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Section 2: Weather

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Weather plays an extremely important role in seal coat operations. There are many things that can result from a sudden change in weather, most of which are undesirable in seal coat work.

The best conditions for applying a seal coat or surface treatment are when temperatures are high, humidity is low, and there is little or no wind. In most parts of Texas, these conditions are most likely to occur from June through September. Too early in the spring or too late in the fall brings temperature and wind problems. The extended forecast should always be checked.

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Item 316 of the Standard Specifications requires that seal coats and surface treatments be placed when the air temperature is above 50°F and rising. Seal coats and surface treatments may not be applied when the air temperature is below 60°F and falling. In all cases, no seal coat or surface treatment may be applied when the surface temperature is below 60F.

If a polymer-modified asphalt cement is used, it shall be applied when the air temperature is above 70°F and rising and not when the air temperature is below 80°F and falling. Surface temperature must not be below 70°F. When wintertime work is allowed, the Engineer will approve the air and surface temperature for the asphalt application.

If asphalt-rubber is used, it shall be applied when the air temperature is 80°F and above, or above 70°F and rising. In all cases, do not apply seal coat when surface temperature is below 70°F.

During the summer months, roadway temperatures are commonly 100°F or higher by 9 a.m. So in most cases, temperature is not a problem. An inspector must record the surface temperature every morning before any asphalt is shot. This can be done by placing a surface contact type of dial thermometer on the roadway. The temperature reading should be taken under conditions typical of those in which the asphalt will be shot.

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If possible, it is best if the asphalt is applied when the humidity is 50 percent or lower, especially when emulsions are used. With any type of asphalt a lower humidity is better. High humidity can cause an invisible film of moisture to collect on the roadway surface, which may interfere with the asphalt sticking properly to the surface. With emulsified asphalts, the emulsion will be slower to break in high humidity. With asphalt cement, which is shot at much higher temperatures than emulsions, steam can be seen rising as the hot asphalt hits the moisture on the roadway surface. As steam is trapped under the asphalt, small bubbles form and break as the air and moisture work their way to the asphalt surface.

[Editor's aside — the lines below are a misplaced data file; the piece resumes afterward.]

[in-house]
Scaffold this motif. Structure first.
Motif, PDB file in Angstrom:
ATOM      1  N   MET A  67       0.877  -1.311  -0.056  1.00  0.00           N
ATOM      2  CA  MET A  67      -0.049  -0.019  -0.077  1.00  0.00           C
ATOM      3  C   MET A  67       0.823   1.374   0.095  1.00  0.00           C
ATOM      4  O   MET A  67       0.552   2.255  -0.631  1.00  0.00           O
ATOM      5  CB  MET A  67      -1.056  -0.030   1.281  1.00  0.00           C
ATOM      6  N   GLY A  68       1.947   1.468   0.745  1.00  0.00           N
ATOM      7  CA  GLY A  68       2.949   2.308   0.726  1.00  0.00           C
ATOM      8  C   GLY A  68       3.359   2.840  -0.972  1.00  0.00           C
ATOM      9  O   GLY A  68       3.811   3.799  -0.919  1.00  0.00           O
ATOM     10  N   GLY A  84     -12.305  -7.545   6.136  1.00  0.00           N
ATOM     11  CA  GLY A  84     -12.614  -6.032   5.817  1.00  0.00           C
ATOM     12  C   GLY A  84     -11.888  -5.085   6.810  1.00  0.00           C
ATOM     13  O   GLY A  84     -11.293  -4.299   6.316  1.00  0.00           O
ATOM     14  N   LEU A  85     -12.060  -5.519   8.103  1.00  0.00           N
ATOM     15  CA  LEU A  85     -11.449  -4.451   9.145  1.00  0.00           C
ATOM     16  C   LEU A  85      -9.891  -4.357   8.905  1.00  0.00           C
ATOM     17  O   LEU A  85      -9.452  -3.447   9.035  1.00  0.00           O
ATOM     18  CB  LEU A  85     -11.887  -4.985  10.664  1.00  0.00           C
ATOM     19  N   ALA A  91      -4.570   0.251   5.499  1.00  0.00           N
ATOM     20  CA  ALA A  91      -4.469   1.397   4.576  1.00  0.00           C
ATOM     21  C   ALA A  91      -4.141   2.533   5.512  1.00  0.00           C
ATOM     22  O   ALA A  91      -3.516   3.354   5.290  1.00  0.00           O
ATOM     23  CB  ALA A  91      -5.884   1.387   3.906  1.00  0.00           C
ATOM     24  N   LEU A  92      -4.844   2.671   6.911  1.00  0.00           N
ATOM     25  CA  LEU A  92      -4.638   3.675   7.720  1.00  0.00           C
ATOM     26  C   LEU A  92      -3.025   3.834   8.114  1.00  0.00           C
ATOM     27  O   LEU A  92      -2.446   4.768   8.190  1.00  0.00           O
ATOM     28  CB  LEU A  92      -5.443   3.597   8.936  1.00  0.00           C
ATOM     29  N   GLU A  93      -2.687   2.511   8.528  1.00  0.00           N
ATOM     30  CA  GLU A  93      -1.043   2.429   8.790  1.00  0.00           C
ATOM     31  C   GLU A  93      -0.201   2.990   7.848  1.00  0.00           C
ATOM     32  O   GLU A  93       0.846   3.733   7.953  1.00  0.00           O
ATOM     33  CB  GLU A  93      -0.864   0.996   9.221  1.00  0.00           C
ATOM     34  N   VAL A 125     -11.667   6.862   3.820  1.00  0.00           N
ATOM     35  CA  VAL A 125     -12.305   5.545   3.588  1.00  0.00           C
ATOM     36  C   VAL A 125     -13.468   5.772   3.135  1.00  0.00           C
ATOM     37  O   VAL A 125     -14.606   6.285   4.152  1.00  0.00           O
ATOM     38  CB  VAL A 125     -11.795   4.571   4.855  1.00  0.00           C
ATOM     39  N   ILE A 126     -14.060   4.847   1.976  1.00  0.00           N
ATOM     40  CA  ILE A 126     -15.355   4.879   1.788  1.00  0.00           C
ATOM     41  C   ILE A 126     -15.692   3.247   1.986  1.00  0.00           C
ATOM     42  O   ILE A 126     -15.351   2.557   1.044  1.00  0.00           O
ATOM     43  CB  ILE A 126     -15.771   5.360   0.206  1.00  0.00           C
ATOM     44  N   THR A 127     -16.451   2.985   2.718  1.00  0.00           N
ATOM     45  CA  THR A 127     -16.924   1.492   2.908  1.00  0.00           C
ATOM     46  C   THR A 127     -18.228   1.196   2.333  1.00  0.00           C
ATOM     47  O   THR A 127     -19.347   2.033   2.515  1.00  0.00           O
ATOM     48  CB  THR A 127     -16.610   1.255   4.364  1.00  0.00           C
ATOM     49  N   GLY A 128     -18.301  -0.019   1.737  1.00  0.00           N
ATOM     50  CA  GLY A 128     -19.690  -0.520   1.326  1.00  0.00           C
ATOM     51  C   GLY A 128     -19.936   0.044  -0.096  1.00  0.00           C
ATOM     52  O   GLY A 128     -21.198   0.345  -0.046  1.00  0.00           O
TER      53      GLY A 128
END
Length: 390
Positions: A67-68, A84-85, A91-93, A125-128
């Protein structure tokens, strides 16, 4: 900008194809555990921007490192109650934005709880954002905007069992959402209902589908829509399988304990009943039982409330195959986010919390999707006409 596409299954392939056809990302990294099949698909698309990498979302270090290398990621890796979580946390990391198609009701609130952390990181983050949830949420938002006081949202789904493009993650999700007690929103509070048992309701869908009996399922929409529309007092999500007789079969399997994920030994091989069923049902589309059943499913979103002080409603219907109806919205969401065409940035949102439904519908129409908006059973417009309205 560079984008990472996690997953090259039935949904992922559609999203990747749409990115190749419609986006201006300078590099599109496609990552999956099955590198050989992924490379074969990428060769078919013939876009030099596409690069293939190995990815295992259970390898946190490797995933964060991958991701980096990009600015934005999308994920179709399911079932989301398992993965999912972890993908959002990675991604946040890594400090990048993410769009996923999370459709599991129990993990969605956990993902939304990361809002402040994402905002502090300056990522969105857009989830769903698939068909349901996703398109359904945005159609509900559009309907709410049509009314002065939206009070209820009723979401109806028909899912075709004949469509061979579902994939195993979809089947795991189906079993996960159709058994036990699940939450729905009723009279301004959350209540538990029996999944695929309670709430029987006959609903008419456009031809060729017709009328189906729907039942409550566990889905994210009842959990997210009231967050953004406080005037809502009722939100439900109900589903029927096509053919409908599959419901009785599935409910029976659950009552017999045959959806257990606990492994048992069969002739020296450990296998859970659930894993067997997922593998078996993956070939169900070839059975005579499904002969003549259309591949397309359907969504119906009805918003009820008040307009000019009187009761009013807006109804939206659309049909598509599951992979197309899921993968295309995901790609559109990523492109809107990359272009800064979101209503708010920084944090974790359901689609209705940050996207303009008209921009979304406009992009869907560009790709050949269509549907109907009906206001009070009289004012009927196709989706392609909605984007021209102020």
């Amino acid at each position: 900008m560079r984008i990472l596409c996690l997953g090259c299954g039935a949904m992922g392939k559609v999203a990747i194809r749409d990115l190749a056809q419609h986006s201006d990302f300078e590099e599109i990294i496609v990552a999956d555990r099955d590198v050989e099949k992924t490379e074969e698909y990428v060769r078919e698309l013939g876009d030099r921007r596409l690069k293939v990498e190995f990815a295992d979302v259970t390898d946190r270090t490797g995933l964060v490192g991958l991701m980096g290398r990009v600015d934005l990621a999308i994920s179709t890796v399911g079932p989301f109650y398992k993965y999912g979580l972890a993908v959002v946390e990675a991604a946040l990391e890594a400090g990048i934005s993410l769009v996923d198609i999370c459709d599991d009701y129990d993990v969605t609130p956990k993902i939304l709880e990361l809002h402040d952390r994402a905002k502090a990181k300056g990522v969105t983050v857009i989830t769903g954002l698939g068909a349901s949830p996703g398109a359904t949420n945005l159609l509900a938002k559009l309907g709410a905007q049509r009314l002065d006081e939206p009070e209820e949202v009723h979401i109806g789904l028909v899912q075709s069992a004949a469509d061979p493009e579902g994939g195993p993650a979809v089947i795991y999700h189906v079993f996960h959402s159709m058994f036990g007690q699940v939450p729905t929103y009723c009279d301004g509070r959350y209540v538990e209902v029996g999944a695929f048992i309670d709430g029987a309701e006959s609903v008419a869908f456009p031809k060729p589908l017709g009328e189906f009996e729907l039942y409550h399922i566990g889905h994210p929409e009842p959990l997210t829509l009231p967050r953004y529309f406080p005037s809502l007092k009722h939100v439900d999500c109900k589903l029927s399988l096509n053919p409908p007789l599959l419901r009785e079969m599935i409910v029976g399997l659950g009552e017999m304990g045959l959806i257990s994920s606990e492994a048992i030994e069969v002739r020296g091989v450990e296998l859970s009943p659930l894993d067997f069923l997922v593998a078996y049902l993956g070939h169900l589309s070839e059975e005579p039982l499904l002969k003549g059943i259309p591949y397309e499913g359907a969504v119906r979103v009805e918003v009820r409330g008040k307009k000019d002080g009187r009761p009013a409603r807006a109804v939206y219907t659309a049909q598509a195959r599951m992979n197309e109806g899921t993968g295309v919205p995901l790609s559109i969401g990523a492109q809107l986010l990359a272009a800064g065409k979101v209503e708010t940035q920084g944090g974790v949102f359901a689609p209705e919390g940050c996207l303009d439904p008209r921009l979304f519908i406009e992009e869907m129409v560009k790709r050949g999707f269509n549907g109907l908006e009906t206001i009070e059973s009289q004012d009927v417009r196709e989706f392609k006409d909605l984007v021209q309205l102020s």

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Wind can be both a disadvantage and an advantage. When an emulsion is used, a gentle wind of constant velocity can accelerate the breaking of the emulsion and allow traffic on the roadway sooner. If the wind varies or is too strong, it can distort the fan pattern as the asphalt is applied. This may cause streaking and uneven distribution. Contractors may install a shield in front of the spray bar to minimize wind effects on the spray pattern.

Wind also tends to blow asphalt onto passing vehicles. It is particularly important to be careful of wind direction when applying modified asphalt cements. Small “cobwebs” of asphalt are blown around and are almost invisible until they land on a light-colored vehicle. To minimize the effects of blowing asphalt, the sequence of work should be considered.

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No asphalt binders should be applied during rain. If rain is in the vicinity and predicted for the area, suspension of operations should be considered.

If an unexpected shower arises during operations, shut off the asphalt distributor immediately and continue placement of aggregate until all asphalt has been covered. This area should be rolled well and watched carefully after opening to traffic. After a rain, always suspend operations until the pavement has completely dried.

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